Great discussion! I have worked in higher ed for over 20 years and mobile like everything else, will get to us, it just takes longer. Last semester I had an adjunct talk to me about a student who was trying to do her online class work via her smartphone. We have to catch up to our students.

  • Stephanie Geyer

    Love this dialogue! I’m working on the 2012 E-expectations survey now (the BIG one) and this dialogue is very helpful to me in that effort.

  • Anonymous

    Mobile is a big topic and it’s easy to be led astray. Like always, an agreed upon definition of what mobile is should be the starting point. Are we talking about apps or a website optimized for small screens?

    I think both approaches might be worthwhile and I’ve written at It all depends on your audience and what they wish to accomplish, a sentiment clearly articulated here by Seth via real world data. Well done!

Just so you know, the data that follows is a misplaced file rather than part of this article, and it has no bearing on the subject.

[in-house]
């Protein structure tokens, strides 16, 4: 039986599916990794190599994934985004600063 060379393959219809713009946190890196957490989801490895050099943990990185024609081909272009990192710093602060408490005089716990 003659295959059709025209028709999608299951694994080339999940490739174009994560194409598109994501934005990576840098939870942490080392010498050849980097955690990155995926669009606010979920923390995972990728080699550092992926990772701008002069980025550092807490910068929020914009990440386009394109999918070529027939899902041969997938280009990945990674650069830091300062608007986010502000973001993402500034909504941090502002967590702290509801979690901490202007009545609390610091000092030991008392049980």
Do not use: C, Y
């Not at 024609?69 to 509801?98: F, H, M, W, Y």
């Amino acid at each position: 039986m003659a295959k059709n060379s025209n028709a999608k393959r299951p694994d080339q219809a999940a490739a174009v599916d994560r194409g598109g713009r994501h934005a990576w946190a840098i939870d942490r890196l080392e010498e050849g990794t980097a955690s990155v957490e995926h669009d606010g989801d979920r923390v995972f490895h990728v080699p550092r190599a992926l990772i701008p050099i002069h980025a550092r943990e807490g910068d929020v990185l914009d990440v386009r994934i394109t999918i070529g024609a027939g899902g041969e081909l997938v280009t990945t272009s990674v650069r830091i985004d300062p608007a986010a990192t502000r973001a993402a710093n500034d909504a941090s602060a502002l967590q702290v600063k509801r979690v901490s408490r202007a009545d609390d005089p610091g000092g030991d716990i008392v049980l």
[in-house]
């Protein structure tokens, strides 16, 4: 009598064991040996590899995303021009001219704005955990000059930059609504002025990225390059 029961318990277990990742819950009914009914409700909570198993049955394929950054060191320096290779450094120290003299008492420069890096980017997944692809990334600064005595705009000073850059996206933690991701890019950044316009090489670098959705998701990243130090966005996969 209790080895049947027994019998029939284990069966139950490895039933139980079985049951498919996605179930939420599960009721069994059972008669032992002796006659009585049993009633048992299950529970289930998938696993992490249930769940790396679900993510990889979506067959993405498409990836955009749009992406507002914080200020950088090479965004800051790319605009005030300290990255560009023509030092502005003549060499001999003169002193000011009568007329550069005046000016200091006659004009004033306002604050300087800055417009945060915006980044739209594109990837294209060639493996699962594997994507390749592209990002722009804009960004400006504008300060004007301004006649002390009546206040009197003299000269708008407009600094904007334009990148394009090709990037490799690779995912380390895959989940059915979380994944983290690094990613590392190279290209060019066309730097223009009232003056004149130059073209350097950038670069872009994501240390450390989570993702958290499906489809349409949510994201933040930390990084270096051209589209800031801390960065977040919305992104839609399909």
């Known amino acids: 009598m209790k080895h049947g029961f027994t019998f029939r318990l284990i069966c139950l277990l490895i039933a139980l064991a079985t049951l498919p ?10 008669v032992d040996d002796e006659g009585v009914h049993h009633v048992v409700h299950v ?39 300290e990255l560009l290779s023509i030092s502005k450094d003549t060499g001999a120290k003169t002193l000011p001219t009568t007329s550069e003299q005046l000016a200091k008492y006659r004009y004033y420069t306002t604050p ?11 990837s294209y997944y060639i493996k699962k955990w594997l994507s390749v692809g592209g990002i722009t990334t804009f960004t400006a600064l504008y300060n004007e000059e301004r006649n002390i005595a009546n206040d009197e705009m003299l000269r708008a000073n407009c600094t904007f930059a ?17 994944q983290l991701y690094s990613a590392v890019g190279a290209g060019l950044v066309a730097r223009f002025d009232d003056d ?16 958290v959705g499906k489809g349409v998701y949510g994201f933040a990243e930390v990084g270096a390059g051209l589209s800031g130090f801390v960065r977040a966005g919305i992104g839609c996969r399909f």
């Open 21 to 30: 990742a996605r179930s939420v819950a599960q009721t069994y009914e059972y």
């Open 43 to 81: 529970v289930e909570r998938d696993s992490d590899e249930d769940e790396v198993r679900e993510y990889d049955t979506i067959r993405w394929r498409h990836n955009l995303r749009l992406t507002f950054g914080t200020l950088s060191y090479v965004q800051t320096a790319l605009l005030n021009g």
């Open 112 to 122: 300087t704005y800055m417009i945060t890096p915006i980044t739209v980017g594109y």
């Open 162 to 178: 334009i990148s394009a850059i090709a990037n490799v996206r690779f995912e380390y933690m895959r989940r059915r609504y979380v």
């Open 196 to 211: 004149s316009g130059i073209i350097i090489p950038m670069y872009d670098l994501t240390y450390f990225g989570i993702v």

• Pingback: Useful Tidbits February 15, 2012 — Shelley Keith

  • Pingback: Rethinking Mobile in Higher Ed | | Taylan "Ty" Yalniz's MicroBlog | | Washington DC, USA

  • UCSD CampusWebOffice

    At UC San Diego, we launched our responsive campus website last month (  We recognize responsive design should be the way we do web development, period. So that’s what we’re doing going forward– focusing on the Admissions site next.

    If you have a campus CMS, you can get some bang for the buck by applying responsive design to those templates. It’s not a magic bullet as you’ll need to retrofit images, tables, embedded widgets and other things that may not have a great responsive solution.

    If 2011 was the year of the mobile site, 2012 is shaping up to be the year of responsive design.

  • Pingback: #highered Mobile Solutions: Hitting or Missing the Admissions Target? |

  • Pingback: mStoner » The Latest Mobile Research from Noel-Levitz and What You Can Do About It

  • Pingback: Content for university mobile sites « UMKC Web Liaisons Group

  • Pingback: Dave olsen | Pixspics